There are a number of defenses to cybercrimes. An experienced attorney
will thoroughly investigate the circumstances surrounding the case to
determine whether any of these defenses apply to your case. If so, the
charges may be dismissed or reduced to less serious crimes.
California Sentencing and Penalties
If you have been charged with a computer crime, you are facing serious
potential penalties, including imprisonment and significant fines, for example:
Comprehensive Computer Data Access and Fraud Act violations can be prosecuted as either a felony or misdemeanor. Misdemeanor computer
crimes can result in fines up to $5,000 and up to one year in the county
jail. Felony computer crimes can result in fines up to $10,000 and up
to three years in state prison. Any computer equipment that has been used
in perpetrating a computer crime is subject to forfeiture (i.e., the court
can permanently take). In addition to criminal action, the defendant can
be sued in civil court for monetary losses.
Computer crimes involving children (e.g., child porn, luring) are usually charged as felonies, although they
can be charged as misdemeanors. Misdemeanor child pornography convictions
can result in jail sentences of up to one year and fines up to $2,500.
Felony sentences can reach eight years with fines of up to $100,000. Internet
luring has similar penalties. Lifetime registration as a sex offender
may also be required.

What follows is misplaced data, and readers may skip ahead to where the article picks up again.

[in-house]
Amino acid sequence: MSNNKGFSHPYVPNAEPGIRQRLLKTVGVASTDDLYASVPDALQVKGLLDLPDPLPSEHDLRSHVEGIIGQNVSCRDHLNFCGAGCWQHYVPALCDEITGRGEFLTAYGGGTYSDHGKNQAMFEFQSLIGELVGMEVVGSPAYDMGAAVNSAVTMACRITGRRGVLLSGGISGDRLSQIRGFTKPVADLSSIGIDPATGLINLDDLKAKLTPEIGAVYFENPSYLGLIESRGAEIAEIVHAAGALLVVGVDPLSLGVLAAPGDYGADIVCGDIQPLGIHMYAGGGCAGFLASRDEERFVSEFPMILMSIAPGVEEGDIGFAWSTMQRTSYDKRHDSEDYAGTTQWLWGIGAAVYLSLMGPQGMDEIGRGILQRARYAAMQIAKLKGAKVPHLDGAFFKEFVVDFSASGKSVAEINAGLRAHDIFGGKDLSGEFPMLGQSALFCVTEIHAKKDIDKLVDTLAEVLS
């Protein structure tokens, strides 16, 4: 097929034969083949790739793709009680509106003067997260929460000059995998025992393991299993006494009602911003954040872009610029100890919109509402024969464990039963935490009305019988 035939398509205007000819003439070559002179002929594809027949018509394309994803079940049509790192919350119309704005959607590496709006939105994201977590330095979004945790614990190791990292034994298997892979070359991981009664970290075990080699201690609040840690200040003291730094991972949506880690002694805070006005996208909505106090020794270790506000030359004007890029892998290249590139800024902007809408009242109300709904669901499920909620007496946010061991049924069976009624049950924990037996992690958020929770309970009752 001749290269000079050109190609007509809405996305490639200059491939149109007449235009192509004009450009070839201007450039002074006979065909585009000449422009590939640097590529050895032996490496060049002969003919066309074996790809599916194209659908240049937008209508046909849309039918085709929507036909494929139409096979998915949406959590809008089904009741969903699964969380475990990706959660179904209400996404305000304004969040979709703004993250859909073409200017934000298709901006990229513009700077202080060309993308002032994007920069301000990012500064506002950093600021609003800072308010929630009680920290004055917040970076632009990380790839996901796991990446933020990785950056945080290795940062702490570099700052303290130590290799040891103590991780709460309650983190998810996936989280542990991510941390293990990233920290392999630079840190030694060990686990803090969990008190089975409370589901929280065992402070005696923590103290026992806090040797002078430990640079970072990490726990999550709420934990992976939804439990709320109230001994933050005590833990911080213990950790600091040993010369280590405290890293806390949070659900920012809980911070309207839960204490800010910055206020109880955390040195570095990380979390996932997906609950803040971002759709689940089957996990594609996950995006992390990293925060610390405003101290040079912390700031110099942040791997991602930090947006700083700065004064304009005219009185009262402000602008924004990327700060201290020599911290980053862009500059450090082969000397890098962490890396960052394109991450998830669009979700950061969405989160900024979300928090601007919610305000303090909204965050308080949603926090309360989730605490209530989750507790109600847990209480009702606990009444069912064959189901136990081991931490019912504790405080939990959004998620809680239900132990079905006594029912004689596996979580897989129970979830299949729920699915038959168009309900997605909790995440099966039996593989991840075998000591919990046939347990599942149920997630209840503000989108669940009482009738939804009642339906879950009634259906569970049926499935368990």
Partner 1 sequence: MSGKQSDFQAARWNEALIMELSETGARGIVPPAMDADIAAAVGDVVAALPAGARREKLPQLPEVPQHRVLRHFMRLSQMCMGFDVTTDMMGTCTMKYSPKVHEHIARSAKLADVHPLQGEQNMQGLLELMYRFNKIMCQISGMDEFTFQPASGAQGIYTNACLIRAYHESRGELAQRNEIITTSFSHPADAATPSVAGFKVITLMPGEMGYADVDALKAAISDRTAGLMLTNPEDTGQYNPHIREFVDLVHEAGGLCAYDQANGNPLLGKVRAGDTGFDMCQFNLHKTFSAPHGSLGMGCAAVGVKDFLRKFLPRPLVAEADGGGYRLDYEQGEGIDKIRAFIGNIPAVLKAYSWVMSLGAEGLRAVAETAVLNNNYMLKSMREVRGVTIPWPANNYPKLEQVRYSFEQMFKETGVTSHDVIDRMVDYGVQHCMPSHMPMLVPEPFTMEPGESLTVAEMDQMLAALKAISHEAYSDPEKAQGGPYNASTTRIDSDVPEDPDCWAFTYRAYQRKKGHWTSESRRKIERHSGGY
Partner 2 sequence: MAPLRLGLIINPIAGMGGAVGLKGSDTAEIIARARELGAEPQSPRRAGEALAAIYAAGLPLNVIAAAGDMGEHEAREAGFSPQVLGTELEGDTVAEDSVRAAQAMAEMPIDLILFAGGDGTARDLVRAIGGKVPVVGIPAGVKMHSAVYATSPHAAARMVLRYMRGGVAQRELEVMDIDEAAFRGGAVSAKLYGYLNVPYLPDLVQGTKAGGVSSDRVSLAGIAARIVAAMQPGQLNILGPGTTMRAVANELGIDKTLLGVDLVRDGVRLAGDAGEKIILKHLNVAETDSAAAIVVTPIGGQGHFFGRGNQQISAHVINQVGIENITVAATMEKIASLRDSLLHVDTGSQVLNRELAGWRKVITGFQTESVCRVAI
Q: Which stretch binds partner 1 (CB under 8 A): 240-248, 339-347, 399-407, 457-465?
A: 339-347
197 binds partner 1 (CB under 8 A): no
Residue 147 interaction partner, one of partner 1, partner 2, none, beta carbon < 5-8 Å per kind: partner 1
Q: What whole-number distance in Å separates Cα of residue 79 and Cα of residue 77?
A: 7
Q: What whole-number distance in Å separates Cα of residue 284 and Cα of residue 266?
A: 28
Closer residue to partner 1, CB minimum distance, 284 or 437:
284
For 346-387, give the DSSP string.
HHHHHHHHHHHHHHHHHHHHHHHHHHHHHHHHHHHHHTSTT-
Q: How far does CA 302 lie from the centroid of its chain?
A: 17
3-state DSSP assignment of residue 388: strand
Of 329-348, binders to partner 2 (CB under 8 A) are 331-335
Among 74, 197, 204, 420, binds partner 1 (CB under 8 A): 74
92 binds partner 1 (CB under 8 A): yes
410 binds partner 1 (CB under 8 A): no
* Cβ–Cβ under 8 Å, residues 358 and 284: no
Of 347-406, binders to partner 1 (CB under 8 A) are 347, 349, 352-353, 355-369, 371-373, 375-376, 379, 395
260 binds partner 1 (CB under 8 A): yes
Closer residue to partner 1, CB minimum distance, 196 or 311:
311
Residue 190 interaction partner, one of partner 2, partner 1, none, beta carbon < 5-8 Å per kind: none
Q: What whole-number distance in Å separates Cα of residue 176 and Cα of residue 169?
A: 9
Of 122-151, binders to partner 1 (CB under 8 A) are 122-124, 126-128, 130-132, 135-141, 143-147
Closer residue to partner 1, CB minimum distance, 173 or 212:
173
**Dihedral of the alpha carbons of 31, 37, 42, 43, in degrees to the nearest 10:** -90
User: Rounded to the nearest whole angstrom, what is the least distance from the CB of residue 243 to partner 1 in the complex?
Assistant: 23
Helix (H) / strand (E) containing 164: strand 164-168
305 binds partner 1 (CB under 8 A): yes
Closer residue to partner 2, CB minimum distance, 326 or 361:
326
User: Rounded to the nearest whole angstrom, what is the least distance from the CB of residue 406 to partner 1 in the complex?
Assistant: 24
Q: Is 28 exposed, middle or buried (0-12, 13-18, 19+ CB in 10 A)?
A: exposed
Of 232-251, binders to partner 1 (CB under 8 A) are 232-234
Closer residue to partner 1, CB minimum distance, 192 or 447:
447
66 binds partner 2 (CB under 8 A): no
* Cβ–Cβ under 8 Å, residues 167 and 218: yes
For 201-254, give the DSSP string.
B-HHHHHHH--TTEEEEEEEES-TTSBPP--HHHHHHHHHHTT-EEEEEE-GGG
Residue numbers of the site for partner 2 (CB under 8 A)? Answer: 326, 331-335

Cyberstalking is treated in the same way stalking is treated. Depending on the circumstances,
it can be charged as either a felony or misdemeanor. Misdemeanor convictions
can result in jail sentences of up to one year and fines of up to $1,000.
Felony convictions can result in sixteen months to five years in state
prison and fines up to $1,000. Lifetime registration as a sex offender
may also be required.
Cyber Fraud/Identity Theft can be punished as either a misdemeanor or felony, depending on the severity
of the crime. Misdemeanor convictions can result in a county jail sentence
of up to one year and a fine up to $10,000. Felony convictions can result
in 16 months to three years in state prison with a maximum $10,000 fine.
Cyber Impersonation is a misdemeanor punishable by a fine up to $1,000 and/or imprisonment
in a county jail for up to one year.
Being convicted of a cybercrime does not mean you will go to jail. A variety
of alternative sentencing options (e.g., community service, electronic
monitoring) may be available depending on the circumstances.
Los Angeles Computer & Internet Crimes Attorney
If you have been accused of committing a computer crime, hiring a criminal
defense lawyer who has a thorough knowledge of computer technology and
understands the various computer crime laws is critical. At Stephen G.
Rodriguez & Partners, we combine our knowledge of technology and our
extensive criminal defense experience to provide clients with the effective
representation that protects their rights and their future.
Call the Los Angeles offices of Stephen G. Rodriguez & Partners for a